Since I am spending so much time (and money!) photographing wildlife, I naturally want to get better at my hobby. So I decided to spend a lot more time (and money!) attending a five-day photography workshop at Bosque del Apache National Wildlife Refuge near Socorro, New Mexico. Over the long MLK weekend, I returned to BdA for the first time since the pandemic started and joined four other photography students learning from Ph.D and professional photographer, Ed MacKerrow of In Light of Nature.
We spent the first morning practicing our bird in flight photo techniques on Peregrine Falcons and Harris's Hawks provided by falconer Matt Mitchell. Photographing flying raptors, particularly speedy falcons, proved challenging but fun. Shutter speeds of 1/2500 of a second and steady tracking with a heavy camera lens are difficult but essential to getting a sharp shot of these magnificent creatures.
All of that falconry practice paid off back at the wildlife refuge, particularly with the Northern Harriers that populate every field along that part of the Rio Grande. Owl-faced Harriers, with their gliding in and out of reeds, their quick turns and their sudden descents, are lively birds that can really test a camera's autofocus.
I was pleased that my Nikon d500 was able to freeze the harriers' activities, including this amazing shot (below) with the bird's sharp eye taken through the weeds along one of the many ponds at BdA. Many autofocus systems will lose track of the bird with the vegetation interfering, but I got a couple of pictures with the bird seemingly frozen in the frame.
We also worked on landscape shots, often taking 5-7 shots of the same scene at different exposures and then merging those shots in Adobe Lightroom to get more dynamic range. I am a novice at this technique (and at Lightroom in general) and still have a lot to learn, but it was good to push myself to take better landscape photos (which I don't usually find nearly as interesting as wildlife pics). Sunrises and sunsets presented challenging opportunities to try to capture the dark landscape as the light and clouds lit up the sky.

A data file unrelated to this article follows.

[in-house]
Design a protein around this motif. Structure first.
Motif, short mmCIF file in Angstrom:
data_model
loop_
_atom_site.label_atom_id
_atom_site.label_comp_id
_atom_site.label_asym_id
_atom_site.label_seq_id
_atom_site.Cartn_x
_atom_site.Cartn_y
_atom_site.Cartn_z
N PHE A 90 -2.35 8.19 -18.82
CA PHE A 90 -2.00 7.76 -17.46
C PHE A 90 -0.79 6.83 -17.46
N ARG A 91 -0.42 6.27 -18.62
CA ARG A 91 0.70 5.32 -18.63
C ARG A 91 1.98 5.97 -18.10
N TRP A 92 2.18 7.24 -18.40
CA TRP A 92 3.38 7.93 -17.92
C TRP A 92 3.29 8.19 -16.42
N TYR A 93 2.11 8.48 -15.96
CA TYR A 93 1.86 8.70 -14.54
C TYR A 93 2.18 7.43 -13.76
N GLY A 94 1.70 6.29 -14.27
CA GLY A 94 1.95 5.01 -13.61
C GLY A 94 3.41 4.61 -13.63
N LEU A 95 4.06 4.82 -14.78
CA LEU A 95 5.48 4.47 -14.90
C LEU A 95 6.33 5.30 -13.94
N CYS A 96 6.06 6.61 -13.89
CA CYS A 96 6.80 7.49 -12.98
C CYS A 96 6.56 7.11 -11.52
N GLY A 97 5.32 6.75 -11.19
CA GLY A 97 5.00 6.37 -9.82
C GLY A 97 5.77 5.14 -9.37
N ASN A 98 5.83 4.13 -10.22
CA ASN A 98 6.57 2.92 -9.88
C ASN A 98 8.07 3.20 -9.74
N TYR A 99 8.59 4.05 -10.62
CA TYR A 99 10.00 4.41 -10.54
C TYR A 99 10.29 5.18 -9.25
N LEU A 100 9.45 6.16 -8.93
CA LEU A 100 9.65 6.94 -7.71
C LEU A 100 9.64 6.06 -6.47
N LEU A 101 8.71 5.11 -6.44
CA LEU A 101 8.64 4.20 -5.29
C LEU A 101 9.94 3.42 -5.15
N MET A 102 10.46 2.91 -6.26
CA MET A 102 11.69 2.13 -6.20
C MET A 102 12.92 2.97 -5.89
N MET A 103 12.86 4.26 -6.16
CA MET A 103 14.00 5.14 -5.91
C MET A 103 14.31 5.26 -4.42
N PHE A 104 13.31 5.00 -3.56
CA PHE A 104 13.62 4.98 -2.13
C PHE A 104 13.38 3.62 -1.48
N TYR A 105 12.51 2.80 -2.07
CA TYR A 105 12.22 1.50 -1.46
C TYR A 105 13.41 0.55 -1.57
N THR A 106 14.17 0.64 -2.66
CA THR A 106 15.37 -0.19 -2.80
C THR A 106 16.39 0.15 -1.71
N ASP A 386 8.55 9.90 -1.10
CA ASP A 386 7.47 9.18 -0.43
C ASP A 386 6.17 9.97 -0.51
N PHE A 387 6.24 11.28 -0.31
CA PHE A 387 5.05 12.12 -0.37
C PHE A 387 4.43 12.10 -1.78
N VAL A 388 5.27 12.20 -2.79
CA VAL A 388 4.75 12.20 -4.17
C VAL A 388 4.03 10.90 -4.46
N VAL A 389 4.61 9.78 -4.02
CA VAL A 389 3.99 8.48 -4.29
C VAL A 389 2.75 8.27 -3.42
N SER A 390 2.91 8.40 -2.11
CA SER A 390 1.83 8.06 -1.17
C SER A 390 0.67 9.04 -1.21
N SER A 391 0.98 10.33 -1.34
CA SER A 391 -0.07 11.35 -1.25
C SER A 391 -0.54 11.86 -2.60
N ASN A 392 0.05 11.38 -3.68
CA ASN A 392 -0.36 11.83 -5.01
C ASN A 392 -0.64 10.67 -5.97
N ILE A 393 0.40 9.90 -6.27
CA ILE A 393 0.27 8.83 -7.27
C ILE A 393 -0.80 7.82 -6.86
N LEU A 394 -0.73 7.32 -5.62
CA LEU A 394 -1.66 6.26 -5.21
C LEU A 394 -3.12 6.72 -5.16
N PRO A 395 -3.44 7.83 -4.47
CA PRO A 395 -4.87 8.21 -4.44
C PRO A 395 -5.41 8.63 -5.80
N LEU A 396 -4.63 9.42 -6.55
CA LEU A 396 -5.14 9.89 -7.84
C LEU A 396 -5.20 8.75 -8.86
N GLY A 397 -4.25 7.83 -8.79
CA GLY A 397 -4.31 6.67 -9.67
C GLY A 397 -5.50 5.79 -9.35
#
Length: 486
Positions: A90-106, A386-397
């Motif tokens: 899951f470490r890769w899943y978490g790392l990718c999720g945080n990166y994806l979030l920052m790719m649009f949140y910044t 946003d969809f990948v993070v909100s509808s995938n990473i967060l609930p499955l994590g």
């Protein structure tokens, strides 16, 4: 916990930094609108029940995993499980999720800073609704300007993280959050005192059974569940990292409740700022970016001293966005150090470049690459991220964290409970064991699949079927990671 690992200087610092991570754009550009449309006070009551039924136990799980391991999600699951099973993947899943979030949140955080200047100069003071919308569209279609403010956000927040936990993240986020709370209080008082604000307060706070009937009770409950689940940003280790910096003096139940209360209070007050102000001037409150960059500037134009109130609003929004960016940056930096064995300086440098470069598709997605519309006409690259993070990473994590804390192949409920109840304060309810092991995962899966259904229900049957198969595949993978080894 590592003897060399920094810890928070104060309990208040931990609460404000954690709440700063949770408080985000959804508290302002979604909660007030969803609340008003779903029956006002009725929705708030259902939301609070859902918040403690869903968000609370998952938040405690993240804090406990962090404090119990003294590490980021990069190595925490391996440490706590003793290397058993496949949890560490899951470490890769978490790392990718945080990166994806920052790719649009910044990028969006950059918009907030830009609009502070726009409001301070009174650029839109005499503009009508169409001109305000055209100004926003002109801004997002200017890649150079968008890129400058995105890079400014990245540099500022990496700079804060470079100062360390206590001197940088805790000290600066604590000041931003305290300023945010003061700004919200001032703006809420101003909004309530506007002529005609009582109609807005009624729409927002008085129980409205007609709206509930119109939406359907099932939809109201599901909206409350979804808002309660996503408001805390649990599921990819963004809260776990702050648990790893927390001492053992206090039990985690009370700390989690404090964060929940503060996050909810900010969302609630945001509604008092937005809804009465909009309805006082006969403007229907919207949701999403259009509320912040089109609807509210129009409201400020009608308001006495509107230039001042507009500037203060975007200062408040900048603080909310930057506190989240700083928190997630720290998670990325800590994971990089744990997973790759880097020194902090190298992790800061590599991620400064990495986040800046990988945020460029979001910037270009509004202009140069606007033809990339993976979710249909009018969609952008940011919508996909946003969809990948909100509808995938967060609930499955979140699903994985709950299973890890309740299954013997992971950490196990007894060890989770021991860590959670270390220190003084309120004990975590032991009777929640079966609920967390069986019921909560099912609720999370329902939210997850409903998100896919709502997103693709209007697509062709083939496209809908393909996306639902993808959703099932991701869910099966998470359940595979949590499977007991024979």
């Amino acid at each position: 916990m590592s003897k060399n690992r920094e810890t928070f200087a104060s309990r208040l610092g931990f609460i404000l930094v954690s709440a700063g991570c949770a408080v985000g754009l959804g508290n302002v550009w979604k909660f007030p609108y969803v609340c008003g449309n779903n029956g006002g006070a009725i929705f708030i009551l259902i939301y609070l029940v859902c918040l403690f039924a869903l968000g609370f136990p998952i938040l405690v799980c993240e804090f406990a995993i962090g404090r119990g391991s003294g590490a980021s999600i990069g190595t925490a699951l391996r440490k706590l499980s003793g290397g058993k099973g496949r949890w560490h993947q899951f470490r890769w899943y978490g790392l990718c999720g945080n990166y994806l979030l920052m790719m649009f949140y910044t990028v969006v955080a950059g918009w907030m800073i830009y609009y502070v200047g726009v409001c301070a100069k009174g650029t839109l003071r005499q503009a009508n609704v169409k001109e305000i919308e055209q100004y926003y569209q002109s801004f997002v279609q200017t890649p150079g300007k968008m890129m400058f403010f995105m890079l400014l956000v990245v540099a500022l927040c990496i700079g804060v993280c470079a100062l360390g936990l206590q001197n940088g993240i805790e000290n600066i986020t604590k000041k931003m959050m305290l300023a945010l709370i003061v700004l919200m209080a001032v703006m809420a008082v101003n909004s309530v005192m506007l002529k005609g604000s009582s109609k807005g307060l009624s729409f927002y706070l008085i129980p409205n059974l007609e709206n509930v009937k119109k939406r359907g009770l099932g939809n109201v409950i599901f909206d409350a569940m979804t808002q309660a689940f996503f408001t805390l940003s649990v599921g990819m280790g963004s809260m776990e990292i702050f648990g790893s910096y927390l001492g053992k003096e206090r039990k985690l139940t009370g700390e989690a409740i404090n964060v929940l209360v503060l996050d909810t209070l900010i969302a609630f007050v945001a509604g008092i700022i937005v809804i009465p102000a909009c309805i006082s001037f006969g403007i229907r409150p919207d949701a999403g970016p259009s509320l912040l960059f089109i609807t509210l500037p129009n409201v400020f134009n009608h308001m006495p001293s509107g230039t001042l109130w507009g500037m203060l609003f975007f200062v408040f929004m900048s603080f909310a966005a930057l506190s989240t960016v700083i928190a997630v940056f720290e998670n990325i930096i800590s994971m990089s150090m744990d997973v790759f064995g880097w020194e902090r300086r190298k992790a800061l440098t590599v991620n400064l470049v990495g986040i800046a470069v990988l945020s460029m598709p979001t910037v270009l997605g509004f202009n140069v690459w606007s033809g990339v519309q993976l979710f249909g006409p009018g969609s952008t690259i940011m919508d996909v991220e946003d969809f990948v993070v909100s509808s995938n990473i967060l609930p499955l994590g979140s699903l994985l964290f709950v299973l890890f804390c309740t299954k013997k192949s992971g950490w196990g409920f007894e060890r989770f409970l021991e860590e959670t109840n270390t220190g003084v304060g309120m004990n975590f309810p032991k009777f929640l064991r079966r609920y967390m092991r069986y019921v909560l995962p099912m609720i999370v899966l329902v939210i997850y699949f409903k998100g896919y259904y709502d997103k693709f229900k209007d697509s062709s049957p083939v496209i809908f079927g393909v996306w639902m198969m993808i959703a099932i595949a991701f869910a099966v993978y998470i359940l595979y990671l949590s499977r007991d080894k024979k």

Of course, Bosque del Apache is such a lovely spot that it is hard to take a bad landscape photo even with an iPhone. Around every corner, I wanted to stop worrying about photography and just breathe in the views. Particularly after spending so much time near home over the last two years of the pandemic, I found being at BdA for five days soul-nourishing. Suddenly the brown or bare trees of winter didn't seem depressing, but artistic. Add the reflections of the shorelines and clouds on the water, the reds of the Coyote Willow, and the dark blues of the distant mountains and every vista at BdA becomes a Thomas Moran painting.
But it is a wildlife refuge, so I was mostly there to photograph the birds and the beasties. And I wasn't disappointed (except that we never saw a bobcat).
The stars of the show at Bosque are always the thousands of wintering Snow Geese and Sandhill Cranes, but the graceful Northern Pintails really caught my eye on this trip.
Adorable Gambel's Quail, croaking Common Ravens, messy Northern Shovelers, and watchful American Kestrels all posed for me. Studying the photos later, I saw for the first time that a Snow Goose's grin patch looks like a Hitler mustache when the bird is flying at me head on. I snapped the Raven's picture without even realizing that he had a mouth full of food. And I couldn't resist the female Shoveler who was draped in the very water weeds on which she was feeding. My photos showed me details I didn't even have time to spot in the moment.
I returned from New Mexico a little bit better as a photographer, but mostly I returned with a renewed love for the beauty that is all around us. As John Burroughs said, "I go to nature to be soothed and healed, and to have my senses put in order." That's what draws me back outside with my camera every time.